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Bravman becomes second Bing Centennial Professor

John Bravman, professor of materials science and engineering, has been named to the Bing Centennial Professorship, a university-wide position that recognizes the highest level of excellence in teaching.

"This appointment was made on the unanimous recommendation of the deans of the Schools of Humanities and Sciences, Earth Sciences, and Engineering in recognition of your extraordinary record of teaching excellence, your commitment to undergraduates, and your dedication to making Stanford the best education institution it can be," wrote Provost Condoleezza Rice in the letter informing Bravman of his selection.

The selection was made from a pool of 95 faculty members who have received teaching awards in the last five years.

The professorship was awarded for a three-year term, from July 1997 to July 2000. Bravman becomes only the second faculty member to receive this honor. Brad Osgood, associate professor of mathematics, was named the first Bing Professor in 1992 and was given a two-year extension in 1995.

The professorship, which was established by a $5-million endowment by Peter and Helen Bing, carries an annual stipend of $15,000. One-third of the money can be used for any purpose and two-thirds must be used to improve teaching or the curriculum. In addition, the recipient's department receives $10,000 per year to use for similar improvements.

"The entire school is delighted," said John Hennessy, dean of the School of Engineering. "John's dedication to students is known in the school and across the university. His classroom performance is unparalleled in the school and his dedication to students is remarkable."

According to Michele Marincovich, director of the Center for Teaching and Learning, "John's teaching has been so extraordinary that it has raised the standard in the school and the department. I have heard his colleagues discuss his Tau Beta Pi [the online course guide] ratings with awe."

Marincovich summarized three themes that characterize Bravman's teaching: the clarity and organization of his lectures and especially his use of technology aids to make even the most complex material more easily understandable; his open-door policy and his willingness to answer students' questions or meet with them late into the night or early in the morning; and his ability to interest students in even the driest of material.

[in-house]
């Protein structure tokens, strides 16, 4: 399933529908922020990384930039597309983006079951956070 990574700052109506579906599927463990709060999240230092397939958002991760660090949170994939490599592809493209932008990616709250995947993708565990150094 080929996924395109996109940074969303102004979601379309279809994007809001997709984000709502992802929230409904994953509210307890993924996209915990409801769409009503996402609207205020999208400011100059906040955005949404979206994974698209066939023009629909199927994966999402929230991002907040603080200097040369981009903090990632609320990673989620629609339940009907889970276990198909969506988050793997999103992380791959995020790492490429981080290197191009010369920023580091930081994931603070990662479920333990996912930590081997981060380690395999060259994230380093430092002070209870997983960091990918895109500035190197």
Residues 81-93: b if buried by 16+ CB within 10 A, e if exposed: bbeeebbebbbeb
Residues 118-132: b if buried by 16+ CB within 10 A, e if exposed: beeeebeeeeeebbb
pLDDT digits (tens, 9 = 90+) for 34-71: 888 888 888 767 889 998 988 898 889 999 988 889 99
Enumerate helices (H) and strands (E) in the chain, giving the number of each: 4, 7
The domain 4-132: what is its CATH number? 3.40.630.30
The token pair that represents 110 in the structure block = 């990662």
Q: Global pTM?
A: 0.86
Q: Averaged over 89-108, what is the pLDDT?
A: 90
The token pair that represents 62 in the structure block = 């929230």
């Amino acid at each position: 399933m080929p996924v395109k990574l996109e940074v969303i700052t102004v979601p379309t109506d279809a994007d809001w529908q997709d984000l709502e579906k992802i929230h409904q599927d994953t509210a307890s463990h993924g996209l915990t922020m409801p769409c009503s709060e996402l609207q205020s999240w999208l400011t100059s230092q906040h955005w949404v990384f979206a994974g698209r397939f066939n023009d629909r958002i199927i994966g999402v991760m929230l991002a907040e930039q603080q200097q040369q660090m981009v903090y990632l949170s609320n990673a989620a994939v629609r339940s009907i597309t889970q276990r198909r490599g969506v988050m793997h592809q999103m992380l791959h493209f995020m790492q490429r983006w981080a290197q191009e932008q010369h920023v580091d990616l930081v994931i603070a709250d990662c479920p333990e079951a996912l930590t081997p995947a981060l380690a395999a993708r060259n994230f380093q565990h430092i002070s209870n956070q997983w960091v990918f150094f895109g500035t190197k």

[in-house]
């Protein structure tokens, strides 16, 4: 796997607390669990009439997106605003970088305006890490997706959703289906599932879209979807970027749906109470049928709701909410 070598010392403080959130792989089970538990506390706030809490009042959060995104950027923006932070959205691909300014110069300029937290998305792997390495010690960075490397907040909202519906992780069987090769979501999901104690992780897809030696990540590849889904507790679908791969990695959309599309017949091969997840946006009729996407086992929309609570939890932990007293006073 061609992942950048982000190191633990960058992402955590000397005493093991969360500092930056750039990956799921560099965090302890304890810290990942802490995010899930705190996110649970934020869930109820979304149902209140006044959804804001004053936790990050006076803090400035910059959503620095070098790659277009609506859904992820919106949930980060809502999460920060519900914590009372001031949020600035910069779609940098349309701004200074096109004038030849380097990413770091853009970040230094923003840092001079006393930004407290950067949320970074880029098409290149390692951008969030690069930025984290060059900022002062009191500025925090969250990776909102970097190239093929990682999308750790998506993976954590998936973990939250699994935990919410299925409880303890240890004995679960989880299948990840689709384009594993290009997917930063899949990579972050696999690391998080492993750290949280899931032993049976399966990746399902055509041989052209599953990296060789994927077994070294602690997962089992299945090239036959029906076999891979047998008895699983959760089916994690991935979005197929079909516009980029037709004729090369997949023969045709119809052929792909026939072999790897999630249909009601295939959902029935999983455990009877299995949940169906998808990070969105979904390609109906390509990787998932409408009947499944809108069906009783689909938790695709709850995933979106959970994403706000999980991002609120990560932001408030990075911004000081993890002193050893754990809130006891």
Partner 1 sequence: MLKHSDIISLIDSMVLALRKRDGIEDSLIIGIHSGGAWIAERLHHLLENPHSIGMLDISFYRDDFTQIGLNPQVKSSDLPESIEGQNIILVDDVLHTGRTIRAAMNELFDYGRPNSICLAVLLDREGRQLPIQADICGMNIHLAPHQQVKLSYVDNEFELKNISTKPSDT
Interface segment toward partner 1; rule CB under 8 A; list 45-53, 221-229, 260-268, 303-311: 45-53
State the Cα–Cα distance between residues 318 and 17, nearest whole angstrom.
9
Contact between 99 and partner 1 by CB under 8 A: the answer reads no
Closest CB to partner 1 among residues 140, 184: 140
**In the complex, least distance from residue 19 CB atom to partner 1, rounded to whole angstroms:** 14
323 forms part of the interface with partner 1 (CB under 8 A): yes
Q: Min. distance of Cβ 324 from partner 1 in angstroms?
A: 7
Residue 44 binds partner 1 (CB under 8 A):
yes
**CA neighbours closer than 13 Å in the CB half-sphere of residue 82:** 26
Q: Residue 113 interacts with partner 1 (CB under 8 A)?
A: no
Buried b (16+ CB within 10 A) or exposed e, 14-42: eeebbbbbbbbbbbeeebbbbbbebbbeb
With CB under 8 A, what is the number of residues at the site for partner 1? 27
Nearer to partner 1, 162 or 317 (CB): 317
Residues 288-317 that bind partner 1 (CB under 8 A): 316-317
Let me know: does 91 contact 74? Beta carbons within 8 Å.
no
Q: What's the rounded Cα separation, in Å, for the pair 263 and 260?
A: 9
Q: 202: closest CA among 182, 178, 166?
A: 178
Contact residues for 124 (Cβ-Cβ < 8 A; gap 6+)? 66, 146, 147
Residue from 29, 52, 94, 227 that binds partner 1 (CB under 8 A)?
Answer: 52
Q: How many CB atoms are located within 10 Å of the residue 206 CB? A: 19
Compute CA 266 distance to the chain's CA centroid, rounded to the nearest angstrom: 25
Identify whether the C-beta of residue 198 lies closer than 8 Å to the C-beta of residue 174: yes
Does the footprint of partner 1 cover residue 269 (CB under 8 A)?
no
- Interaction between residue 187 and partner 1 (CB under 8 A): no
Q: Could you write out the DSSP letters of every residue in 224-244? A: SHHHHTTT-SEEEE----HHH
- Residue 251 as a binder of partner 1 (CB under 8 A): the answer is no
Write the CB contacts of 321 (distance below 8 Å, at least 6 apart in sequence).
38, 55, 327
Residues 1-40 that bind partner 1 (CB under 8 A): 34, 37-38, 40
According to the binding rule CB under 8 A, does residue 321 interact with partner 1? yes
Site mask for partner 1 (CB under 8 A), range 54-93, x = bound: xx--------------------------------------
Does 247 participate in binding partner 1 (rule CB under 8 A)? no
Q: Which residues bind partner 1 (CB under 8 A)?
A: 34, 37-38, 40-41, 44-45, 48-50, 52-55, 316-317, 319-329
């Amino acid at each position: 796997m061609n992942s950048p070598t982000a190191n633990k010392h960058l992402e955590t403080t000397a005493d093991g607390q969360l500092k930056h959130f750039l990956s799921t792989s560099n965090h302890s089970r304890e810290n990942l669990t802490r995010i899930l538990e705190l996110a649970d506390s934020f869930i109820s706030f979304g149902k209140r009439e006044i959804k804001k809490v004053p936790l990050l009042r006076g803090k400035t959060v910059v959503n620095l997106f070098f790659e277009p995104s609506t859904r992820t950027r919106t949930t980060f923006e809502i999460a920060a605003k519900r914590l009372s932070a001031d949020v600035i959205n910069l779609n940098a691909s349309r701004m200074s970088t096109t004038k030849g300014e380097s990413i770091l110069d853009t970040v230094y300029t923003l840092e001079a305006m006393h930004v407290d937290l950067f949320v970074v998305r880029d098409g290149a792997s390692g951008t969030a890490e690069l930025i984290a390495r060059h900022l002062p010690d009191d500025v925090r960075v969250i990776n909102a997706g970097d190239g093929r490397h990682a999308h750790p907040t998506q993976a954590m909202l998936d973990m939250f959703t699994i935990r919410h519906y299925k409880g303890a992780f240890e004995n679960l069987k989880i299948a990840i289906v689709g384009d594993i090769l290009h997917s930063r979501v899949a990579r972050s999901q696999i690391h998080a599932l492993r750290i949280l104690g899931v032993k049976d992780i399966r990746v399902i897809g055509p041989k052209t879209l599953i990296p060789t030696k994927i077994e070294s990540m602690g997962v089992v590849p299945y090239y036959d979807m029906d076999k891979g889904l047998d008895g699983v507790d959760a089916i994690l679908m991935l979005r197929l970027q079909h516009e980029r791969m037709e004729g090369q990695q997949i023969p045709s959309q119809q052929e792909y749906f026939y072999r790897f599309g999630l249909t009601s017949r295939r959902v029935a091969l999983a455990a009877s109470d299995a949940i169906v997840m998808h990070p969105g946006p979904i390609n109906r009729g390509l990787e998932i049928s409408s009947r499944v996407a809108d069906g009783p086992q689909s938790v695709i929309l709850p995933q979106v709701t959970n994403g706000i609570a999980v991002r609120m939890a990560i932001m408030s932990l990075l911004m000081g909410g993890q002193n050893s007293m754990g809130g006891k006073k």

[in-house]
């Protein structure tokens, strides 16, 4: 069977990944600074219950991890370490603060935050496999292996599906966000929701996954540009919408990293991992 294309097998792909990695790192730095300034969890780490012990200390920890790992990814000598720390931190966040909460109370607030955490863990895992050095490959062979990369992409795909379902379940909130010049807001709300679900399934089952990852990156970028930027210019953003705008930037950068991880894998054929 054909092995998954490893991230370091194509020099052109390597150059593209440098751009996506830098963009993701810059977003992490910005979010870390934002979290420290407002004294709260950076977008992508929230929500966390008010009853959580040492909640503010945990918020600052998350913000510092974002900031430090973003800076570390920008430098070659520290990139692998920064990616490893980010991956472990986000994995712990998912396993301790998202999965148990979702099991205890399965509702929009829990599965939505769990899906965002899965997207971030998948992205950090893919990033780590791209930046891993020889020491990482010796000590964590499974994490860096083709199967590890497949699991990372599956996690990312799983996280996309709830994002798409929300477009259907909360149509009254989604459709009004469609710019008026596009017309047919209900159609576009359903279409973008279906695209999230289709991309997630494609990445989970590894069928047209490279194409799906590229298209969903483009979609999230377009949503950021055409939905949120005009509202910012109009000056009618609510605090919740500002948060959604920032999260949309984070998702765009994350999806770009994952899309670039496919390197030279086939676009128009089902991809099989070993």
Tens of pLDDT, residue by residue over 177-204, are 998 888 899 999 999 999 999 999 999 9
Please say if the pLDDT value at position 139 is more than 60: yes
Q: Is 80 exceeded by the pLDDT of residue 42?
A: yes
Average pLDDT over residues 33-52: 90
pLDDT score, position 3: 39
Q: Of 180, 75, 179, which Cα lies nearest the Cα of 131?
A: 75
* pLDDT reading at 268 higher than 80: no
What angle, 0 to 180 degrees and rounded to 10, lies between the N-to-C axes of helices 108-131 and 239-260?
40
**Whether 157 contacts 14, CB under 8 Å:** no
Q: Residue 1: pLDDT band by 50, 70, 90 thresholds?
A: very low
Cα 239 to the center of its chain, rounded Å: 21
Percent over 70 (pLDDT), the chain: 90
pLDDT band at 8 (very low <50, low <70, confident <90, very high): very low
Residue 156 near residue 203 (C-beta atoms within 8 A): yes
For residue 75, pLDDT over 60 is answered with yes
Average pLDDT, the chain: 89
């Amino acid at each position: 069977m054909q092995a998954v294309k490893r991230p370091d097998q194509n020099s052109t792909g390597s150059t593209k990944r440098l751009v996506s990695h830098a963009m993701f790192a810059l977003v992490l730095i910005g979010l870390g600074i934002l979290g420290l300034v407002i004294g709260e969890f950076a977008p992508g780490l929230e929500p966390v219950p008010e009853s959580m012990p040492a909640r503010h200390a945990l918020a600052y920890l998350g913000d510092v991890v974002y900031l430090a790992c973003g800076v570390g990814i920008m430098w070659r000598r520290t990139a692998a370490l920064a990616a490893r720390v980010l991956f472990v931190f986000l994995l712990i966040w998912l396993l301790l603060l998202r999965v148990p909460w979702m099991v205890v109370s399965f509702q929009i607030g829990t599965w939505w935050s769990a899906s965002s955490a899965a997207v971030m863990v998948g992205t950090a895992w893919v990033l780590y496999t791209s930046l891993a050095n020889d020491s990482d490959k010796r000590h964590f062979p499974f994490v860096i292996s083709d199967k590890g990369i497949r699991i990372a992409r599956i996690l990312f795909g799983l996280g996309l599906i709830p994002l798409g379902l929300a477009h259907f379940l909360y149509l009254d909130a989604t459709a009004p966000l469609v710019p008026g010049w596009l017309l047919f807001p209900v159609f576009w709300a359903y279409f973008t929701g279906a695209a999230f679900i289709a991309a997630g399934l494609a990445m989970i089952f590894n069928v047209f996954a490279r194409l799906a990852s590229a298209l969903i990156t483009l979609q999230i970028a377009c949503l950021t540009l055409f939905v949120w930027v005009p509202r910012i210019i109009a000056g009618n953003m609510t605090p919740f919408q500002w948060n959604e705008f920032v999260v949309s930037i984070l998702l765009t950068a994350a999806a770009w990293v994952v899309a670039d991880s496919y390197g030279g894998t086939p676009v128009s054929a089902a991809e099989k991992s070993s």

These themes were illustrated by the letters from a number of students in support of his nomination.

"His lectures are engaging and crucial to the understanding of the course material," said materials science and engineering junior Wendelin Wright. "The lecture handouts that he spends hours preparing are far superior to the available textbooks. His door is always open to students for them to express their questions and concerns."

Wright told of an occasion where, due to an earlier power outage, she had worked all night to finish a problem set for one of his classes. Knowing that Bravman comes to work early in the morning, she called him at 5:30 a.m. Not only was he there, but he was available immediately to answer her questions.

Materials science and engineering co-term student Adam Durfee recounted the efforts that Bravman made so that students studying at Stanford's Center for Technology and Innovation in Kyoto, Japan, could take E50, Introductory science of Materials by videotape and e-mail. "It was the first time the E50 video course was offered at any overseas center and we certainly had our share of technical and logistical problems. Through it all, Professor Bravman was very supportive, giving and tireless in his efforts to make the class work for the students."

The Bing Professorship is Bravman's eighth award for teaching. He has received the School of Engineering Distinguished Advisor Award, the Walter J. Gores Award for Excellence in Teaching, the Tau Beta Pi Engineering Honor Society Award for Excellence in Undergraduate Engineering Teaching and a Bing Teaching Fellowship. In addition his teaching has been honored by the Society of Black Scientists and Engineers, the Society of Women Engineers, and ASM International.

Since 1993 Bravman has served as the associate dean for undergraduate affairs in the School of Engineering and last year took on the duties of chairman of the materials science and engineering department.


By David F. Salisbury